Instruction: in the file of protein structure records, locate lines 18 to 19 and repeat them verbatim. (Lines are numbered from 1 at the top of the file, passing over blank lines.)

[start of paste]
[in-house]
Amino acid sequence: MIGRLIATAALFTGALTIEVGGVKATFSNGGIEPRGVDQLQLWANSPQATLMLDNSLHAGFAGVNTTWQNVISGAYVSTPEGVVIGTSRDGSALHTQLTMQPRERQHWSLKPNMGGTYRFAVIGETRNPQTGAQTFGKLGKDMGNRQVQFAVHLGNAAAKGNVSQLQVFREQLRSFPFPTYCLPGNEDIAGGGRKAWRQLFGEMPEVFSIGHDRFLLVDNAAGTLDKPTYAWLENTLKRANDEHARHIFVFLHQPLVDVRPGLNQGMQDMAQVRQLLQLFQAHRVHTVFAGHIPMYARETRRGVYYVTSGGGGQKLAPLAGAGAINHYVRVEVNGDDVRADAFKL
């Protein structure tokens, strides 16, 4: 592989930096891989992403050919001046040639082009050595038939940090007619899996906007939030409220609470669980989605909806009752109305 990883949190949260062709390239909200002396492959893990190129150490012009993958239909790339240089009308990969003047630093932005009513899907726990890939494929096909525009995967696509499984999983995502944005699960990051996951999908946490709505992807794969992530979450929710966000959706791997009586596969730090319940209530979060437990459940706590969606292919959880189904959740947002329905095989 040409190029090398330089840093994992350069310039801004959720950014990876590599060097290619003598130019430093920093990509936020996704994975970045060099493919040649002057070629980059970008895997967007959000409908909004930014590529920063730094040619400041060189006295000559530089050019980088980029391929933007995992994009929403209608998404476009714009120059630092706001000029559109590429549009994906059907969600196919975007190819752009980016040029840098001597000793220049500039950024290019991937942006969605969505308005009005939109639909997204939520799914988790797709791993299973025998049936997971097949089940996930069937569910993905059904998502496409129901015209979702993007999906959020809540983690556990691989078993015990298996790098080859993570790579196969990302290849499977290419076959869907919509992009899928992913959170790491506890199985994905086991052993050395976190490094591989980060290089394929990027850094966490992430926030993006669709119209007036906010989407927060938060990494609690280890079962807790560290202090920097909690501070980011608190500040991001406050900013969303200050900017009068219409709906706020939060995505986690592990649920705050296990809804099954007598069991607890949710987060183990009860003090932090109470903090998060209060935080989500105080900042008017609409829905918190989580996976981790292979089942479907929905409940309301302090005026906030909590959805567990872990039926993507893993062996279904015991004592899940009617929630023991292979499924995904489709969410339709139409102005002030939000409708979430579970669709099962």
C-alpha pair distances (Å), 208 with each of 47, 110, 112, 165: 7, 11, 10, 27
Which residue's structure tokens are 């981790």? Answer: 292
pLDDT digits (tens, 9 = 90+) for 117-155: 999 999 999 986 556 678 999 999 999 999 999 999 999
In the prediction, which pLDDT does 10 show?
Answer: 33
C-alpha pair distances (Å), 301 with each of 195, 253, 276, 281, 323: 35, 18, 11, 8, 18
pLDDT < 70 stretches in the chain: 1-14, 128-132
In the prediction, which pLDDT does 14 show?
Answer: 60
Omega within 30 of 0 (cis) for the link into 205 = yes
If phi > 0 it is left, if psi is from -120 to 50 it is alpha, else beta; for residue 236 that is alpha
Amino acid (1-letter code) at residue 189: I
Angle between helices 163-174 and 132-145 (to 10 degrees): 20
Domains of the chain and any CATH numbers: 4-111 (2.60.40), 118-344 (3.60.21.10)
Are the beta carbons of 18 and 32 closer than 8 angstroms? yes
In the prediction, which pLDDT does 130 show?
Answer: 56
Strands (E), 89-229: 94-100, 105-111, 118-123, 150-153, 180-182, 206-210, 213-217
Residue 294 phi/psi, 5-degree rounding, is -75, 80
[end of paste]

Are the beta carbons of 18 and 32 closer than 8 angstroms? yes
In the prediction, which pLDDT does 130 show?